Makgeolli / Rice Wine
Makgeolli / Rice Wine



The Mandu / Dumpling is a common main dish / snack, and are usually filled with either minced meat (pork, beef), tofu / beancurd, spinach, mushrooms, Kimchi Baechu / Kimchi Pickled Cabbage, scallions, or a combination of these ingredients. It can be boiled or steamed, grilled or fried, served dry or in a soup / broth. If served in a soup / broth, the dish is called Manduguk, and usually features either a beef stock or anchovy stock, along with egg and seaweed.

Mandu / Dumpling
Mandu / Dumpling


Mandu / Dumpling


Mandu / Dumpling



The Matcha / Green Tea Ice Cream contains premium green tea powder and milk, sourced from local farms. Has a rich, creamy smooth texture, with intense earthy vegetal sweet flavours of green tea. Among the best versions I've tasted.

Matcha / Green Tea Ice Cream
Matcha / Green Tea Ice Cream



The Matcha / Green Tea Roll Cake has a fluffy soft green tea sponge cake, infused with premium green tea powder. The center filling is a rich, smooth cream of full cream milk and sugar, resulting in a light sweet flavour. Well balanced dessert confectionery, very nice.

Matcha / Green Tea Roll Cake
Matcha / Green Tea Roll Cake



The Milk Roll Cake is a simple dessert confectionery, with a airy soft milk sponge cake, filled with a rich, smooth cream of full cream milk and sugar. Nicely sweet but not overwhelming, it's light on the palate. Tasty!

Milk Roll Cake
Milk Roll Cake



The Mul-Naengmyeon / Cold Noodles Soup is a common dish in Jeju & Seogwipo, owing to the strong noodle culture here. It features a rich, robust, chilled soup / broth of either pork bones or beef bones, consisting of long thin wheat noodles, cucumbers, boiled egg, sliced Korean pear, Kimchi Kkakdugi / Kimchi Cubed Pickled Daikon Radish, white vinegar, ginger, and garlic. It differs from the mainland version in 2 areas, the soup / broth, and the noodles.

Mul-Naengmyeon / Cold Noodles Soup
Mul-Naengmyeon / Cold Noodles Soup


Mul-Naengmyeon / Cold Noodles Soup



The Myeolchi Bokkeum / Fried Anchovies is a common side dish, made from dried anchovy fish, sugar, salt, garlic, gochujang / fermented red chili paste, and sesame oil. It has a satisfiying crispy crunchy texture, with flavours of savoury, salty, sweet, and is mildly spicy.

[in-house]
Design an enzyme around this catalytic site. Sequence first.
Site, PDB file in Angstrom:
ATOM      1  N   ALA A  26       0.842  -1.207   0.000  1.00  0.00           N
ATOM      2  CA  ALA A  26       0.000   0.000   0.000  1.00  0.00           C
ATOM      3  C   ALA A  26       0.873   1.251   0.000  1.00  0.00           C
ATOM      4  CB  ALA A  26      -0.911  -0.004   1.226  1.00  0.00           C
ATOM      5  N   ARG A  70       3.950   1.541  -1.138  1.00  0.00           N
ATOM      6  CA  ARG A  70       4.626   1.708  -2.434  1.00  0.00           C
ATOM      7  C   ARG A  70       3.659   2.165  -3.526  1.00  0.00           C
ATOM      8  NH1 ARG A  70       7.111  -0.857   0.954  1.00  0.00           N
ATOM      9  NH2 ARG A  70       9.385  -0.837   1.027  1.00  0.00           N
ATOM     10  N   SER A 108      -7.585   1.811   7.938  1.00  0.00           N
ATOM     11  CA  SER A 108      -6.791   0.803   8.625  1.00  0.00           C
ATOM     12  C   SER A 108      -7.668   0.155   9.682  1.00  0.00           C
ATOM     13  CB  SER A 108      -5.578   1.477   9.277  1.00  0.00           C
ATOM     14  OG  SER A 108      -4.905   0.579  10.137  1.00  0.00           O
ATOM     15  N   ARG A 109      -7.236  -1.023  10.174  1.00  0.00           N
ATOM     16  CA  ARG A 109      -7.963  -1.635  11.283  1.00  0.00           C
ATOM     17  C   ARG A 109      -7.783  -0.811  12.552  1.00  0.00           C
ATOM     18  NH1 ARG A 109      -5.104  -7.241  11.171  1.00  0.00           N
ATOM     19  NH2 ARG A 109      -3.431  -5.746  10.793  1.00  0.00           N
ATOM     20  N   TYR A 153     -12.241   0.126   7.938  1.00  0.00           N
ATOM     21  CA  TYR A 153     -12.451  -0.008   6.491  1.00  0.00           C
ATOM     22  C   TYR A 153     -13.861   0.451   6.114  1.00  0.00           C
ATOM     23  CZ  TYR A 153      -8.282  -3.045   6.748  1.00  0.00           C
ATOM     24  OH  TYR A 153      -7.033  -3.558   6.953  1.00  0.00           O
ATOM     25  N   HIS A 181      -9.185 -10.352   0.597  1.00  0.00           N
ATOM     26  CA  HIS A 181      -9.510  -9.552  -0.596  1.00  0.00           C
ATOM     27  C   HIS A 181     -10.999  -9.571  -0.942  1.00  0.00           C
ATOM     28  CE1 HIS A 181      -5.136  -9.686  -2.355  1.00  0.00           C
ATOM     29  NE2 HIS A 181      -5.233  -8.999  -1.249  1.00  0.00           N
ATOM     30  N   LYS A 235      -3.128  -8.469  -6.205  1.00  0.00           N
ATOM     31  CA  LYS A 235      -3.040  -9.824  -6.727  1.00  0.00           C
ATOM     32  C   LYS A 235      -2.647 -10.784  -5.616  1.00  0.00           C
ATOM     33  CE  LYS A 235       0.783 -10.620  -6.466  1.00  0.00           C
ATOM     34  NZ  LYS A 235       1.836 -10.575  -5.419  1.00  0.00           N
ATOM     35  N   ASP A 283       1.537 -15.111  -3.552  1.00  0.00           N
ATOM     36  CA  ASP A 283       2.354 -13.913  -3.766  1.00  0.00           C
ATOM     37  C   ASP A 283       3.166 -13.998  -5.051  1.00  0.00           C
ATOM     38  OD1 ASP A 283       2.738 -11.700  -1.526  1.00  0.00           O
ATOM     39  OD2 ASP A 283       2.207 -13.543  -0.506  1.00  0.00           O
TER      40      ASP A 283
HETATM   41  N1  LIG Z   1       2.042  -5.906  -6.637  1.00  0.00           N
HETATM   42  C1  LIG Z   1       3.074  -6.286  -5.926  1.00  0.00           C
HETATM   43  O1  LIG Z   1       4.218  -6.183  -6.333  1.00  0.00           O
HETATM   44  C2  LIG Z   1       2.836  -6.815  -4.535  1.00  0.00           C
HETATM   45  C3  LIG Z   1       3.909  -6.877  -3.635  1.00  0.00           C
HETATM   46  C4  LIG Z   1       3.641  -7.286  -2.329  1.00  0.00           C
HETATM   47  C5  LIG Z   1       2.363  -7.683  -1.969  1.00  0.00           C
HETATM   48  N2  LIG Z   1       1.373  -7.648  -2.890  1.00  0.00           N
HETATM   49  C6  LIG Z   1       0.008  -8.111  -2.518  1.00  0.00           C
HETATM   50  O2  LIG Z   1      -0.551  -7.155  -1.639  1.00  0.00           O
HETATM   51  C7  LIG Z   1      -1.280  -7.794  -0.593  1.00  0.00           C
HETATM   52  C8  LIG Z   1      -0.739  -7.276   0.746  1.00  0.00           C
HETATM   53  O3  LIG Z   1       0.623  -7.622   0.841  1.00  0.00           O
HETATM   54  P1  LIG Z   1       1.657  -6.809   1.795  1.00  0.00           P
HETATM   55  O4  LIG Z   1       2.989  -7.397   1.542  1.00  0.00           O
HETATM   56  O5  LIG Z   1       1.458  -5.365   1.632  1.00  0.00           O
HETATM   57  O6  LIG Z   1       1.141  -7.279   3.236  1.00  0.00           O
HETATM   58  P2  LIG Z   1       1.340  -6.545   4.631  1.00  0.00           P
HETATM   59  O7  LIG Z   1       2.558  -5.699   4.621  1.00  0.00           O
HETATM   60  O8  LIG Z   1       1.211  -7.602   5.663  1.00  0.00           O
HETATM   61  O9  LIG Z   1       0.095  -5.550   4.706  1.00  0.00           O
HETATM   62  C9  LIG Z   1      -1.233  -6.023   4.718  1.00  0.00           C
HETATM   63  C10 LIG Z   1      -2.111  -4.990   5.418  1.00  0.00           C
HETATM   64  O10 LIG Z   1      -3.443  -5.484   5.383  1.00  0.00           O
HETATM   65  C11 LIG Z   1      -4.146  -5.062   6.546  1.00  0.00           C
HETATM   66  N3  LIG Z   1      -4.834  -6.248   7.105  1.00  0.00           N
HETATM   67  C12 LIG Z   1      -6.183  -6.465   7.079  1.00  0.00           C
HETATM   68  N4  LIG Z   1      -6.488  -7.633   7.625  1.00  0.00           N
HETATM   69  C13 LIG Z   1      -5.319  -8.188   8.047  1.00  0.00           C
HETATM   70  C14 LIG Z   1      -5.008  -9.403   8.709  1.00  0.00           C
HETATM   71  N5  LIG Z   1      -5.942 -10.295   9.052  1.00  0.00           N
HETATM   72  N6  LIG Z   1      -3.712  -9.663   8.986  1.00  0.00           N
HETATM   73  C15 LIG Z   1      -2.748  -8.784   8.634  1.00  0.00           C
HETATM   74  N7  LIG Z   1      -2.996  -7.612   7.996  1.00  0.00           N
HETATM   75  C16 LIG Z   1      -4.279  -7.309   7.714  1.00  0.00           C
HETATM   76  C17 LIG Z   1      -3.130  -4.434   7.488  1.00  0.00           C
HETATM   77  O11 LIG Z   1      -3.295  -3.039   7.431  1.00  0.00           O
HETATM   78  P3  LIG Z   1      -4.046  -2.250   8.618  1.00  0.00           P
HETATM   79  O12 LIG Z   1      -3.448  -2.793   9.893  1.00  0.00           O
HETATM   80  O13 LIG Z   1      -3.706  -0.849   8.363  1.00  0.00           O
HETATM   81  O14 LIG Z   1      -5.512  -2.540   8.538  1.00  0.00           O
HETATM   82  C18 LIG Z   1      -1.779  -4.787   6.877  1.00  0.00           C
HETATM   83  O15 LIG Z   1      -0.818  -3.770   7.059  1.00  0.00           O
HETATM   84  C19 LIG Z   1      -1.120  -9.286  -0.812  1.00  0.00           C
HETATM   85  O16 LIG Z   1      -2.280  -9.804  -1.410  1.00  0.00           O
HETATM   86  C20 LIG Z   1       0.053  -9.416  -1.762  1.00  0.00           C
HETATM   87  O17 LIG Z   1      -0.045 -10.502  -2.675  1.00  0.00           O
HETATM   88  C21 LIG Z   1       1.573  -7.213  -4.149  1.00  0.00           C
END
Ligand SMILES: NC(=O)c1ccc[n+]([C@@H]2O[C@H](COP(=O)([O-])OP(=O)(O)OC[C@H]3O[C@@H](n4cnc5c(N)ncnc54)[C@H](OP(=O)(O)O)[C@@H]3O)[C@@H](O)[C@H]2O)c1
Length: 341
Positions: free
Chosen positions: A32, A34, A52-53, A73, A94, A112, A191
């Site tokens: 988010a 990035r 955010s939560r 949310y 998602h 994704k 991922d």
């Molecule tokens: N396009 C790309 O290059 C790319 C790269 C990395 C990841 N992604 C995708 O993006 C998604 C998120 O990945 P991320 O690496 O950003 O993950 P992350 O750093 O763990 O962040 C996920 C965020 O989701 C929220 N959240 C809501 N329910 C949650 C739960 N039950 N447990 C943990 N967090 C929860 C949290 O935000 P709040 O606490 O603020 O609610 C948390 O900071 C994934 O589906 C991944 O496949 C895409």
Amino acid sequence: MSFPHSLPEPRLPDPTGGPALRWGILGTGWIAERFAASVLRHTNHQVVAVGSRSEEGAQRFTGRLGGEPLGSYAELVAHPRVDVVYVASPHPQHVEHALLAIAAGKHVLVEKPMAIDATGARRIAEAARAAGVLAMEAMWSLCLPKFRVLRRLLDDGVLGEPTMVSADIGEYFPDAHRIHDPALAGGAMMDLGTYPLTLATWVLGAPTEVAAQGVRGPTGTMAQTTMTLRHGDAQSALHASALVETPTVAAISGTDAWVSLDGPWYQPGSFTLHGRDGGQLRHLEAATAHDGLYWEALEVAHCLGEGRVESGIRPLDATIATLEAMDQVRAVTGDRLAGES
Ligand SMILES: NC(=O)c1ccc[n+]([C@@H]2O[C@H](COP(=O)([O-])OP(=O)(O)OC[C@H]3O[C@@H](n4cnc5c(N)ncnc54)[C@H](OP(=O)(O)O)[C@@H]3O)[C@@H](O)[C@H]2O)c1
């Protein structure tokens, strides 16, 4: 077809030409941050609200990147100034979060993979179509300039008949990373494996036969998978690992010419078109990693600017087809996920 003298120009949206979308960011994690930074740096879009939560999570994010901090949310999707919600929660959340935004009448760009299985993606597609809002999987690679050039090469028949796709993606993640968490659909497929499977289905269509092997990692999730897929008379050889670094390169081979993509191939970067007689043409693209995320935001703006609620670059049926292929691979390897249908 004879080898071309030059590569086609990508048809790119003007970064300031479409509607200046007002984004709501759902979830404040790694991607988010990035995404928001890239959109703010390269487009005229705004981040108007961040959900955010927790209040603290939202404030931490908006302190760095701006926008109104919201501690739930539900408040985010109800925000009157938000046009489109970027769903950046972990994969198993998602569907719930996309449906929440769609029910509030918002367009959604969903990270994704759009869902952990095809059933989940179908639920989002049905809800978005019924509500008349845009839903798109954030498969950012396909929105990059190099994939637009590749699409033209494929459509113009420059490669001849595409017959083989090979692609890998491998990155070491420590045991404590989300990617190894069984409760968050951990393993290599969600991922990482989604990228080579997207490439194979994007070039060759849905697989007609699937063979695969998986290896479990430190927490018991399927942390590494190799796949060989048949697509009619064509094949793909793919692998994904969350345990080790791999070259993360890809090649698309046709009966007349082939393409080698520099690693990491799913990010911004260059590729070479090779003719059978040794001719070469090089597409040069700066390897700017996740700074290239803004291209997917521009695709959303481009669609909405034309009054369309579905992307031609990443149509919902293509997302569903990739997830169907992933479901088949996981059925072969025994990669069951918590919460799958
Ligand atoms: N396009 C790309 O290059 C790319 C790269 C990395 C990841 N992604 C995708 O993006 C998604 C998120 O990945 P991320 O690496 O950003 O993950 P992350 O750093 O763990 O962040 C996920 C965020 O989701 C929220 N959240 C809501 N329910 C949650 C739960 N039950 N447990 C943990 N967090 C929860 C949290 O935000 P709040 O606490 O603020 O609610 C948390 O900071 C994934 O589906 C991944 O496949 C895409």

Myeolchi Bokkeum / Fried Anchovies
Myeolchi Bokkeum / Fried Anchovies



The Octopus Live has a live baby octopus, sliced up and served raw, marinated in lemon juice. Really fresh, the method of preparation causes the parts to wriggle around on the plate. The texture is more bouncy firm than the regular cooked octopus, but it still has a delicate sweet savoury flavour, very clean-tasting.

Octopus Live
Octopus Live


Octopus Live


Octopus Live





The Pa Muchim / Green Onion Salad is usually served as a side dish, to accompany barbecued meats. It features shredded green onions, simply dressed in sesame oil and gochujang / fermented red chili paste. More elaborate versions sometimes include sugar, light soy sauce, white vinegar, and sesame seeds. Nice crunchy texture with a bright vegetal sweet flavour. I prefer mine with more spicy gochujang / fermented red chili paste.

Pa Muchim / Green Onion Salad
Pa Muchim / Green Onion Salad



The Korean term Saengseon-Hoe refers to a variety platter of raw seafood dishes, similar to the Japanese sashimi, usually eaten in a group / communal fashion. Here, it's a local speciality, as the area is known for its fresh seafood. Catch combination usually differs from season to season, but normally includes several types of white fish, prawns / shrimp, squid or octopus, and shellfish.

Saengseon-Hoe - Abalone
Saengseon-Hoe - Abalone


Saengseon-Hoe - Carp Skin
Saengseon-Hoe - Carp Skin


Saengseon-Hoe - Ilisha Elongata
Saengseon-Hoe - Ilisha Elongata


Saengseon-Hoe - Octopus
Saengseon-Hoe - Octopus


Saengseon-Hoe - Prawns, Sugar Snap Peas
Saengseon-Hoe - Prawns, Sugar Snap Peas


Saengseon-Hoe - Sandfish
Saengseon-Hoe - Sandfish


Saengseon-Hoe - Horse Mackerel
Saengseon-Hoe - Horse Mackerel


Saengseon-Hoe - Snakehead
Saengseon-Hoe - Snakehead



The Saengseon-Hoe - Cutlassfish / Largehead Hairtail here is outstanding. When served raw, the fish has a bouncy soft texture, and a beautiful silver shine to the skin. Delicate sweet savoury flavour, very clean-tasting and fresh.